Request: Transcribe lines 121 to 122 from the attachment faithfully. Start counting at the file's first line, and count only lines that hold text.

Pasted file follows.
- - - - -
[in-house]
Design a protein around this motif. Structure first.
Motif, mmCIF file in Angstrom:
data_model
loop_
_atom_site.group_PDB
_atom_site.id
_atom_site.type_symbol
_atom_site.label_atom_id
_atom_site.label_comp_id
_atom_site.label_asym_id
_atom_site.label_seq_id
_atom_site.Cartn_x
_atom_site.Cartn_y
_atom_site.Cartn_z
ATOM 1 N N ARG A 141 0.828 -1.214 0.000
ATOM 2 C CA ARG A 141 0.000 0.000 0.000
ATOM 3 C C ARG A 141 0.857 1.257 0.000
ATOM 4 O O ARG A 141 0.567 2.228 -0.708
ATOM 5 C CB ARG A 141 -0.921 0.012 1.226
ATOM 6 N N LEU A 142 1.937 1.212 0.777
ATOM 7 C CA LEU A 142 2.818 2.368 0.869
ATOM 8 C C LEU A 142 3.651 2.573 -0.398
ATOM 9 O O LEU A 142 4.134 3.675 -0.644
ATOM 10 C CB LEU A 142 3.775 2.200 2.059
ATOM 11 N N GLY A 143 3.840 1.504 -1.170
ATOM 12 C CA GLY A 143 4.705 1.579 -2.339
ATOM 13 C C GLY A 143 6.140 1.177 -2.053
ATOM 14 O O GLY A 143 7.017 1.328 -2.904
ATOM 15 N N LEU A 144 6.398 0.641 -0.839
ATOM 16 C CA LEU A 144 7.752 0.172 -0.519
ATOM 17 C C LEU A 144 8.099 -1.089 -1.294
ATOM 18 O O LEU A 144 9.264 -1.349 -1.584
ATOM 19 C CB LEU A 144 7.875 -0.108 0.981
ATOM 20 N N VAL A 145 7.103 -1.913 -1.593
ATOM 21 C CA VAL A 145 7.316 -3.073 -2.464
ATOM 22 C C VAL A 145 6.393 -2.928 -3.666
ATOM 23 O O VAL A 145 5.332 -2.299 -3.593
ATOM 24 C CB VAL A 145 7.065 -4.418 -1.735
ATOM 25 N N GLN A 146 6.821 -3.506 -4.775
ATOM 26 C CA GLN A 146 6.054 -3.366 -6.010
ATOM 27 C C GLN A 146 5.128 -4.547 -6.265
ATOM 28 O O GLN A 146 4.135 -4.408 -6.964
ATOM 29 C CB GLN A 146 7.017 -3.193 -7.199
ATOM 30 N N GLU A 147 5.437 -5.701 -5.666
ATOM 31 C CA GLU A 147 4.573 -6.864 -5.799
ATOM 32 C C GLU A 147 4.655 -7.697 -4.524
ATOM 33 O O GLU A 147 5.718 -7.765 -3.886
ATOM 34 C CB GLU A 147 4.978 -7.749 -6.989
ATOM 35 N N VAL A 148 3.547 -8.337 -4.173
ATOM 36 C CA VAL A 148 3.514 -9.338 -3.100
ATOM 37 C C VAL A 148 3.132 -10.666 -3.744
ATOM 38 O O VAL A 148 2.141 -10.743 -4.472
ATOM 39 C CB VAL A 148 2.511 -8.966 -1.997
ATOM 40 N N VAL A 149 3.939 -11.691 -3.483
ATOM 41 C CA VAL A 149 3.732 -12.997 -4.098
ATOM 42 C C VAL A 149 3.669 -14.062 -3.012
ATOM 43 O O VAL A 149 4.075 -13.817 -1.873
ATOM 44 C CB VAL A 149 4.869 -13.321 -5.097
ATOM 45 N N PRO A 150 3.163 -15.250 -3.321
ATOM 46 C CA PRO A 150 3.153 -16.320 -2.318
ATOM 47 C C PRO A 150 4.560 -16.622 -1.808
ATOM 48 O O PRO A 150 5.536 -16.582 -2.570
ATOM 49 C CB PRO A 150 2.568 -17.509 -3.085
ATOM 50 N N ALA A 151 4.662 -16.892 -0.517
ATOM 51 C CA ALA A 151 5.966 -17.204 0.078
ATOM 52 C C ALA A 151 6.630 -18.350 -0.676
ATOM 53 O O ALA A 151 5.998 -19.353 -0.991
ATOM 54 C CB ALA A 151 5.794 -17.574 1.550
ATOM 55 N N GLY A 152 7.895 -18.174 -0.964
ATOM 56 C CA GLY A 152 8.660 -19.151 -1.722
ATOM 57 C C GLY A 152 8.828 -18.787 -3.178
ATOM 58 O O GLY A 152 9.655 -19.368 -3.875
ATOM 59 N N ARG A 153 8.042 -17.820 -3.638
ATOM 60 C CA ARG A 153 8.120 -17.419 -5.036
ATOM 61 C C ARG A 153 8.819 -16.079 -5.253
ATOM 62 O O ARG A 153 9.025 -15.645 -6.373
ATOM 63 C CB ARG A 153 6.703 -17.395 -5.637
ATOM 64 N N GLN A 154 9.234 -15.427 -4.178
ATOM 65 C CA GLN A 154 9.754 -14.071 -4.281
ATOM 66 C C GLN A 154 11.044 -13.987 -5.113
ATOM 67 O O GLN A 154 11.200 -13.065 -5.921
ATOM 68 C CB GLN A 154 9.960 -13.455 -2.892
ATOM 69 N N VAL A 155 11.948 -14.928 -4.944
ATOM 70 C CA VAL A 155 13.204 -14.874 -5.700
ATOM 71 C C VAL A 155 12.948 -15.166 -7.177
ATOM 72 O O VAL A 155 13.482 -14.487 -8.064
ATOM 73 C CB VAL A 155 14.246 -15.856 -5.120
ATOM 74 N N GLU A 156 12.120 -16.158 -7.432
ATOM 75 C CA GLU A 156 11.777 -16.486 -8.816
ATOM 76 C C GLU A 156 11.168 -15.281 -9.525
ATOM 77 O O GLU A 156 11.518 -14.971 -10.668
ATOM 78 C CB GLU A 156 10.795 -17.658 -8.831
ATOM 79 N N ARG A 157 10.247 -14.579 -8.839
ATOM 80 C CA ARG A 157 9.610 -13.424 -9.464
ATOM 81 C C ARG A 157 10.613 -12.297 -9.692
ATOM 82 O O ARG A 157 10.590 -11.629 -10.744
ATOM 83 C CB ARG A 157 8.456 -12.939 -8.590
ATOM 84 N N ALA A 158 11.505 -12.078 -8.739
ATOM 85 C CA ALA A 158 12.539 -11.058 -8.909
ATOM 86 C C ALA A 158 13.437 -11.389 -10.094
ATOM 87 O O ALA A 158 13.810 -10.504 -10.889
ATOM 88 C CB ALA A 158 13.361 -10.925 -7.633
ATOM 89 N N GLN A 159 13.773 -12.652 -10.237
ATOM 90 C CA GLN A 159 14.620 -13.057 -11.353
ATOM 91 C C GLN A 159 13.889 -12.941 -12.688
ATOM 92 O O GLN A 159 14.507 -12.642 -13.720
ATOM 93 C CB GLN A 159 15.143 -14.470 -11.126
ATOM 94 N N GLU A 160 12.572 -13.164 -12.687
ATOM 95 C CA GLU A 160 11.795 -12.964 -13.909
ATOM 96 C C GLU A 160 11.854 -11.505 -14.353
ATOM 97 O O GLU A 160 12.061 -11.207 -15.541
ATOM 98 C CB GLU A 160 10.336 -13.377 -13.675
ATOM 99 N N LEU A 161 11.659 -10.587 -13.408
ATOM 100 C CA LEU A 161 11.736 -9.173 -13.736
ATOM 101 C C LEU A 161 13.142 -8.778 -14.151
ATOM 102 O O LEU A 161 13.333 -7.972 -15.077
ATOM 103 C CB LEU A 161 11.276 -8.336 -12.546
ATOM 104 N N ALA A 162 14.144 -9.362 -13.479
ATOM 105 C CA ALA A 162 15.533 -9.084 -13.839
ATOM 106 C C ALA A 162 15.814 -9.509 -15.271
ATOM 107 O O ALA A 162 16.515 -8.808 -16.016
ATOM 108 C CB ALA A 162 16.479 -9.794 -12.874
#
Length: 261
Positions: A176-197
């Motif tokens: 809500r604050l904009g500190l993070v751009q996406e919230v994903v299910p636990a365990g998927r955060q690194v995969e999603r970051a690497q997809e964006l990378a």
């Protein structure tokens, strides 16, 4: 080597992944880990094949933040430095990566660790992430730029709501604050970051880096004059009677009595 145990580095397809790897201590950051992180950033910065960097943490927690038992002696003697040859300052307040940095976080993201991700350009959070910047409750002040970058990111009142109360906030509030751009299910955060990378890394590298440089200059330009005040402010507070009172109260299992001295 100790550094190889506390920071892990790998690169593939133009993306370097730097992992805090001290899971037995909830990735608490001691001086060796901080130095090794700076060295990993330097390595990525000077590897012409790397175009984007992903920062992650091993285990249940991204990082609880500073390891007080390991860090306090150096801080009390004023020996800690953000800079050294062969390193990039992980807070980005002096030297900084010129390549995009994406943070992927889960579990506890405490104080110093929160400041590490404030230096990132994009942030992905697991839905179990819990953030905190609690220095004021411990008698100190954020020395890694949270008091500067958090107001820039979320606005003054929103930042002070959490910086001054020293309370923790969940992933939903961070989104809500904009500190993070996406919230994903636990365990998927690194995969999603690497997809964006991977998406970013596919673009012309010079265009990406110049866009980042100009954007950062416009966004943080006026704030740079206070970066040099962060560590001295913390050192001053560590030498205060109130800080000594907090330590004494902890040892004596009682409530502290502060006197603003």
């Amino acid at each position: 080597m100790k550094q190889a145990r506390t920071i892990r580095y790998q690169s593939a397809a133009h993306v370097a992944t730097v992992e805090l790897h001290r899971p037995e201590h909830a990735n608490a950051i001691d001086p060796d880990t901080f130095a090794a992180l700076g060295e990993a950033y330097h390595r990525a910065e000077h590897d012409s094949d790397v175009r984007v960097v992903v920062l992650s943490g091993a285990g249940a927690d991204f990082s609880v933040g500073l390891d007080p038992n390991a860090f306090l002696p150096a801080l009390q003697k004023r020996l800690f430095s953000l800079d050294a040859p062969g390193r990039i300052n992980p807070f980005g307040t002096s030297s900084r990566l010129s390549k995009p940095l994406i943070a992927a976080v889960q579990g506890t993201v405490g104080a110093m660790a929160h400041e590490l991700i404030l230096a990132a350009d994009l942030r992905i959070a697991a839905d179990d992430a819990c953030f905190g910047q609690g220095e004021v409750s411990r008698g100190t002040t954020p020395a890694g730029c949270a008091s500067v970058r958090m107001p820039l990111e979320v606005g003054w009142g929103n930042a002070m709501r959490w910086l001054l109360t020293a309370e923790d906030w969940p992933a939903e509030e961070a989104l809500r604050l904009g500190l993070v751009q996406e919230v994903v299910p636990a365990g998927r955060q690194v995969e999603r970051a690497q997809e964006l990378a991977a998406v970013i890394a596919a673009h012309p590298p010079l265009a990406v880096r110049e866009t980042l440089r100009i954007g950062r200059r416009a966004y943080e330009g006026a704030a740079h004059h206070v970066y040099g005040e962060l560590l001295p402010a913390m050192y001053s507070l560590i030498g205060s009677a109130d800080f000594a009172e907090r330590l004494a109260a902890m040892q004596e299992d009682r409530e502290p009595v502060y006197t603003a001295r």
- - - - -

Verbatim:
ATOM 106 C C ALA A 162 15.814 -9.509 -15.271
ATOM 107 O O ALA A 162 16.515 -8.808 -16.016